Norm Kent

Supreme Court Muddies & Mends the Waters

Filed By Norm Kent | November 01, 2014 1:00 PM | comments

Filed in: Politics
Tags: gay marriage, marriage equality, same-sex marriage, Supreme Court

supreme-court-side-view.jpgOh, no. With the opportunity before it to declare same-sex marriages universally legal in all 50 states, early last month the Supreme Court instead punted the issue back to each state individually.

That's good, because so many rulings have gone our way. That's bad, because, you never know, some jerk of a federal judge might not go our way.

I am left feeling like Homer Simpson, screaming 'Argggh!'

Anyway, here we go. In October the Supreme Court cleared the way for same-sex marriages in Indiana, Oklahoma, Utah, Virginia and Wisconsin. Federal courts in those states had already ruled gay marriages were legal, and with the high court saying they were not going to overturn those rulings, gay and lesbian couples started getting married in those states within hours. These courts have controlling jurisdiction in six other states as well, all which had banned gay marriage.

There is a ripple to every Supreme Court ruling. For same-sex marriages, this meant it was immediately legal in 24 states and the District of Columbia with another six quickly following. Eric Holder, the outgoing attorney general of the US, is not going to intervene; in fact, he took positions supporting us.

The New York Times suggested that the courts are taking the approach they did on interracial marriage 50 years ago - sitting back and waiting until almost every state allowed interracial rulings and then finally saying it was a constitutional right. In other words, the court will apply the hammer after the nail is already knocked into the plank.

That's frustrating. None of us want to wait. There are people like Florida Attorney General Pam Bondi everywhere - and still a few federal courts that have not spoken.

The good news for our side is there has been an unprecedented string of victories in court for same-sex couples, even in Florida, and the Supreme Court effectively said with its ruling that those decisions are binding, controlling and the law. Legally, that means you can now get bound, married and controlled by your spouse.

Seriously, though, gay marriage is like that cannabis joint you just smoked after dinner. It's burning faster than courts can keep up with it. Popular opinion, public polling, and history are on our side. So are a lot of gay wedding planners. Just think, soon in Utah, you'll not only be able to get gay married, you'll be able marry ten boyfriends at once. Badumching!

Same-sex marriage is here to stay, so much so that nearly two thirds of same-sex couples in the United States will soon live in states where they can marry legally. We are on an irreversible path.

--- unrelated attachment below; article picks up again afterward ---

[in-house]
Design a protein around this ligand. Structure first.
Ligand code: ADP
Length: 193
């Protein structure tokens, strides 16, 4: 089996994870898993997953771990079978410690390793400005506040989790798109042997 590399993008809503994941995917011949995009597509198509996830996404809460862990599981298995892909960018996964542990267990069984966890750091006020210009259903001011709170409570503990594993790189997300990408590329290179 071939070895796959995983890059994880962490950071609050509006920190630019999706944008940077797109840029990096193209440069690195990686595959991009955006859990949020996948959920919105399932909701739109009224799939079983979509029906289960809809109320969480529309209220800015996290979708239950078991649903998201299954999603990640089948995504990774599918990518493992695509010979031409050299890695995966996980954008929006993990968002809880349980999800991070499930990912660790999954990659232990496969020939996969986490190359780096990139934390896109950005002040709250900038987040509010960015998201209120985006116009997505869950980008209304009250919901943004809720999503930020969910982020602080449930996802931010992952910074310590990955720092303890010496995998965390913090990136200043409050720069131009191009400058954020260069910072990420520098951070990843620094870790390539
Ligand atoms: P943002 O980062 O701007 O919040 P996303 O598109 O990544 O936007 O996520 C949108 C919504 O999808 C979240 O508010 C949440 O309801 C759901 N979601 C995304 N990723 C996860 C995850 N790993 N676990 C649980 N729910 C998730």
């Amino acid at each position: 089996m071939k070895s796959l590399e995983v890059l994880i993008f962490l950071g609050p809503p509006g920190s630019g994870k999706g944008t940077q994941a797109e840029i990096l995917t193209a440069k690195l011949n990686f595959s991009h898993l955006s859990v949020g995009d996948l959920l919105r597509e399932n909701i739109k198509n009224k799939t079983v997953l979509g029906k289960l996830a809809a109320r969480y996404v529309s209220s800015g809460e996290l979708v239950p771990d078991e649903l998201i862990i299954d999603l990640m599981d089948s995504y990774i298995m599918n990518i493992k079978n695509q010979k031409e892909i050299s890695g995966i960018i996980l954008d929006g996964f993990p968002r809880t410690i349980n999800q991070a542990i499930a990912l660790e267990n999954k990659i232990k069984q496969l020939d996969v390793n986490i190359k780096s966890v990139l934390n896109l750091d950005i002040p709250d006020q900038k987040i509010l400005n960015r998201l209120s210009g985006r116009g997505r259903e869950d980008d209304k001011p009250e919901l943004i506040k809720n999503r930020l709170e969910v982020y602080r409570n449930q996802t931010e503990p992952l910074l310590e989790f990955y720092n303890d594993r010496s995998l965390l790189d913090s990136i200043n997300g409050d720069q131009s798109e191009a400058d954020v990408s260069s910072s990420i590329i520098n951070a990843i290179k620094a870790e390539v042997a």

Unfortunately, at least until their cases get into court, a third of our population remains out of the legal loop. However, other appeals courts will rule soon. My guess is that we are looking at as many as 35 states allowing same sex marriage by the end of the year. But that explains why I disagree with what the Supreme Court did. I don't think your constitutional right to marry shouldn't depend on your zip code, or when a judge gets around to hearing your case.

The Supremes disappointed me. I was actually hoping they would take this case in early October and expedite it; maybe decide the issue before the end of the year. Now it has been punted, potentially to the fall of 2015. Relying on last year's Windsor case, their attitude seemed to be, "Hey you guys are already winning in case after case, enjoy the flow, and let it go." I say no.

Evan Wolfson, the outstanding gay lawyer who is the president of Freedom to Marry, made the best case against the Supremes: "The court's delay in affirming the freedom to marry nationwide prolongs the patchwork of state-to-state discrimination and the harms and indignity that the denial of marriage still inflicts on too many couples in too many places."

If I want to be treated with indignity and abuse, demeaned and disgraced, I can just go hang out with my best friends or go home to my partner. I don't need to be flogged by the Supreme Court. By not ruling when they had a chance to, the court fled from the chance to make history in a good way.

They ran away from it. They are taking the dirt road instead of the paved highway.

Ultimately, worry not. We will get what we want, but not when we want and the way we want it. At least we also won't have to wait for the last Tuesday in June of 2015 for the Supreme Court to decide. A lot of people should be registering at Neiman Marcus this week. By next Spring, we all should be good to go.

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